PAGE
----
Just to give you an example, in 2006, I had approached AYUSH secretariat to develop a joint program with the Consortium of Academies for Complimentary and Alternate Medicine (CAM), USA. I had approached AYUSH to develop a bilateral program with this group so that we can increase our credibility and visibility. We were to send delegates from India to their annual meetings at Oregon. I was not able to get any cooperation from AYUSH, New Delhi. Furthermore, I was told by senior staff, that they did not need any recognition from the US as they already were recognized for centuries in India. To my pleasant surprise, during 7th WAC meetings I found that there was quite a bit of enthusiasm to take Ayurveda to Global Platform.

Indeed, during the Valedictory program, we were made to take a pledge to make all-out efforts to promote Ayurveda in every possible way. Having taken such a pledge, all of us have to think as to how we will accomplish this goal? Newly elected US Presidential nominee, made it to the White house with a simple call, “Make America Great”. We have heard similar calls in India about “Make in India”, “Made in India”, Make Mahan Bharat etc. Pledges and slogans are easy to make, but to develop the needed infrastructure, human resources, and improvements in educational standards, development of research and development in the field of Traditional Indian Medicine is not an easy task.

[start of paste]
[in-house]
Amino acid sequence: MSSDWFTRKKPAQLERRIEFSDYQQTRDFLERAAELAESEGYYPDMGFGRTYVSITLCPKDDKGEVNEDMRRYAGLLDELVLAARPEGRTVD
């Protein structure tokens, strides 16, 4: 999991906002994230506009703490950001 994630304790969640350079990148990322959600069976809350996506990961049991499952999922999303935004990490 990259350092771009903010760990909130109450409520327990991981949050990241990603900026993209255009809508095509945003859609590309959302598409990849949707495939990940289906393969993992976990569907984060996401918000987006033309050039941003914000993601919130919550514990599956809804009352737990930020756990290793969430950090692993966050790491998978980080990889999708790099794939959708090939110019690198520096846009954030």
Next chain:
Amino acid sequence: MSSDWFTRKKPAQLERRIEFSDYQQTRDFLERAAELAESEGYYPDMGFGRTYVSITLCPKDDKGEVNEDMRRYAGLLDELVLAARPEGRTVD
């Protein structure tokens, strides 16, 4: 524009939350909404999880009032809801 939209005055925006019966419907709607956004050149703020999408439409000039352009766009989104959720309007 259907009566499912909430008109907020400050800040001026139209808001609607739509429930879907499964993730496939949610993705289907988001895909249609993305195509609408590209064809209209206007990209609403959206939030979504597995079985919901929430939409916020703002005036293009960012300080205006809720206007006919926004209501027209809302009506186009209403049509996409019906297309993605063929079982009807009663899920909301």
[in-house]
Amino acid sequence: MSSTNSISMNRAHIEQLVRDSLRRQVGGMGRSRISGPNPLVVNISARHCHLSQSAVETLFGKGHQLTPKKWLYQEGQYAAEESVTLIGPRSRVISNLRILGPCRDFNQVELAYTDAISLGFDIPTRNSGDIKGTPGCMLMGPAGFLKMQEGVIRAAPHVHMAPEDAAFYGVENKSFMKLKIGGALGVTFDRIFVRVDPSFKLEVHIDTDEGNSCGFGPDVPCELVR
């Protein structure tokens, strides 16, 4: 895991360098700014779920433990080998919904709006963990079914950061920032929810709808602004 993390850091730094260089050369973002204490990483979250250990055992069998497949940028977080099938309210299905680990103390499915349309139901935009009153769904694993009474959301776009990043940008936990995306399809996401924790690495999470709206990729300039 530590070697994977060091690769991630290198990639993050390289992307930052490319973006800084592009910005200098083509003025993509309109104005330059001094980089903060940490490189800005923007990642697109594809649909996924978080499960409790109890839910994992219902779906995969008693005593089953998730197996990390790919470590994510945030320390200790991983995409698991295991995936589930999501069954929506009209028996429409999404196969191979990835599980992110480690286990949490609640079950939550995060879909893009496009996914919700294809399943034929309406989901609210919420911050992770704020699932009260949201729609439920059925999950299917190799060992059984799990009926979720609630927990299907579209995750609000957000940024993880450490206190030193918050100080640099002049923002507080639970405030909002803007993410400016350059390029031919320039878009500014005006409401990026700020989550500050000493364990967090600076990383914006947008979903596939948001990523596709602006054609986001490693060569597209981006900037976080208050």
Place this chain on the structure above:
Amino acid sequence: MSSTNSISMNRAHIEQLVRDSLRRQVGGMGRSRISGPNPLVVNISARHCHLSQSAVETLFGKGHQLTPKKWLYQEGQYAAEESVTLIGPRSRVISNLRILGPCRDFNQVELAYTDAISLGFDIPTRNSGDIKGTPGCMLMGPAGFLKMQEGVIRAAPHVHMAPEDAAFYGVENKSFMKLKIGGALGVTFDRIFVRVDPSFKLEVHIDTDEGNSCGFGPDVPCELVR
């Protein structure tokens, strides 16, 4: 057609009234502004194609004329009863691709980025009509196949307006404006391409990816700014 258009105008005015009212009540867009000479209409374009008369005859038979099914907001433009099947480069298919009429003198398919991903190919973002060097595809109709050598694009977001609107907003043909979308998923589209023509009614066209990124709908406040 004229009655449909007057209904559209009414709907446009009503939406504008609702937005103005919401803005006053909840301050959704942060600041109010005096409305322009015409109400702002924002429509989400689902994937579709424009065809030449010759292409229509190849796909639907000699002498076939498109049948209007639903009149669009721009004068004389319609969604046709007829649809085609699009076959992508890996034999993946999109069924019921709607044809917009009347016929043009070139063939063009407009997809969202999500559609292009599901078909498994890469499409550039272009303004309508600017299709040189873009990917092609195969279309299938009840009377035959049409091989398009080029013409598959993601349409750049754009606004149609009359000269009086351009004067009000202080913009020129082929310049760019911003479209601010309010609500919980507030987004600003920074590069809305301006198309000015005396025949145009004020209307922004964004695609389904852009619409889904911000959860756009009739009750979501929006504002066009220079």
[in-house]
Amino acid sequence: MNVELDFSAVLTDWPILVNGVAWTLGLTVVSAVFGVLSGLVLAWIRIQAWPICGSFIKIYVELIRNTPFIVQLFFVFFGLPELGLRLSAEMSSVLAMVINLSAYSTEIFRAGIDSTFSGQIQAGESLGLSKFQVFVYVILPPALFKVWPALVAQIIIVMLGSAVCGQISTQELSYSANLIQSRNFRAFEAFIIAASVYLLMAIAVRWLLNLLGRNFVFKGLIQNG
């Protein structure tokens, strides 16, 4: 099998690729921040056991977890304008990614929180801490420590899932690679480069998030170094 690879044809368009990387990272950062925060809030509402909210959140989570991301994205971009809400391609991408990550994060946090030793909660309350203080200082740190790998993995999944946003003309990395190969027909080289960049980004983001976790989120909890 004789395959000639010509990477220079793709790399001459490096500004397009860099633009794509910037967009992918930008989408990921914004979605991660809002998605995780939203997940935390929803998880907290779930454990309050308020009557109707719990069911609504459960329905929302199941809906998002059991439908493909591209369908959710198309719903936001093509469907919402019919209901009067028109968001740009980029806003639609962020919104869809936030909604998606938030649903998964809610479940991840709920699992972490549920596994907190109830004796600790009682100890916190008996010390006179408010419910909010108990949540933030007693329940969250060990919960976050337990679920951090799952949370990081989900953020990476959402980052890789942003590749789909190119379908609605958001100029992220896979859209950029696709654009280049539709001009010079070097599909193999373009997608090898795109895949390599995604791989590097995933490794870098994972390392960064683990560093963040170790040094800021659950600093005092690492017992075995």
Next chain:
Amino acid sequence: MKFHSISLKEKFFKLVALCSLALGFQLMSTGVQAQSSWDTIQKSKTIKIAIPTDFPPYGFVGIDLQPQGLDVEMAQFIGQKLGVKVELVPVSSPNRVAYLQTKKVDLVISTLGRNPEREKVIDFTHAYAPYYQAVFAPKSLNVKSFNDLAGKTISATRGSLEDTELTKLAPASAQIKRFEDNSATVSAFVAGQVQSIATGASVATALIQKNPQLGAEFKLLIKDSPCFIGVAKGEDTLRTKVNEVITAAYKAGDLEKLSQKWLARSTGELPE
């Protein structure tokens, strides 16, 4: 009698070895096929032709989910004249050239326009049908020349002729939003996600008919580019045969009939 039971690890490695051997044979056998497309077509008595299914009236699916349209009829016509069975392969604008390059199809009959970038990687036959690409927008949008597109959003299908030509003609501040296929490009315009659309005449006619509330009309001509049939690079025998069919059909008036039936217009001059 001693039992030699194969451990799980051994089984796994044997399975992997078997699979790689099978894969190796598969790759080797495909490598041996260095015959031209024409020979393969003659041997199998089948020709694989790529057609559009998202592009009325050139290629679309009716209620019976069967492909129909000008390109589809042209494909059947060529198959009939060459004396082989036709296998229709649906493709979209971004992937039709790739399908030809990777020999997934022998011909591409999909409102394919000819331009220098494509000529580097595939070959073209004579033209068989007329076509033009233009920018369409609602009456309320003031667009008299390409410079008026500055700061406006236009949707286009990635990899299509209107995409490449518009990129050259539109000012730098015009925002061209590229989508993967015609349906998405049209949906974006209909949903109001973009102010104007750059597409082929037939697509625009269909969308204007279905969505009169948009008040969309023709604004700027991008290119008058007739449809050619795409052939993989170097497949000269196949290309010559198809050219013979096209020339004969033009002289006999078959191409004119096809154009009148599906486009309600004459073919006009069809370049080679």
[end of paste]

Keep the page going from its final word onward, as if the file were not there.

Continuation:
I will try to discuss in the next few paragraphs opportunities and challenges in this area. These ideas are not just my thoughts, but collective thoughts expressed by the experts during these extraordinary meetings. There are over 300 Ayurveda Colleges in India. There are relatively small numbers of colleges that offer MD, MS or PhD in this field. In spite of the fact that there are as many qualified Vaidyas as allopathic doctors (700,000), opportunities for these Vaidyas are limited. First and the foremost task for us is to find ways and means to provide these Vaidyas opportunities to improve their training, clinical skills, research capabilities and more than anything to develop confidence in their respective professional areas. Serious thoughts should be given to this issue. You cannot improve their status overnight as Madhya Pradesh Government did recently, by passing a bill providing legal status for them to practice modern medicine. It will only lower the standard of care in the State, not give the confidence or competence that they need, to compete in real life. This is like AYUSH asking the Global regulatory agencies, to lower their standard for approval, so that AYUSH products can get approval for Global market. We need to work on every possible way to improve Ayurveda education at all the accredited colleges, provide post graduate courses at every college, create interest in research and development of AYUSH products, establish standards for nomenclature of Ayurvedic terminologies, develop collaboration with Global organizations interested in CAM therapies, establish standard operating procedures (SOPs) develop cGMP facilities and methodologies for product development. These efforts need lot of funds, political will to implement and more than anything great leadership. We were told during the meeting that the annual budget of AYUSH is just about 1100 Crore rupees. If we want to bring this ancient art of healing to the same level or better than modern medicine, we need to muster the funds, political will and leadership to accomplish these goals.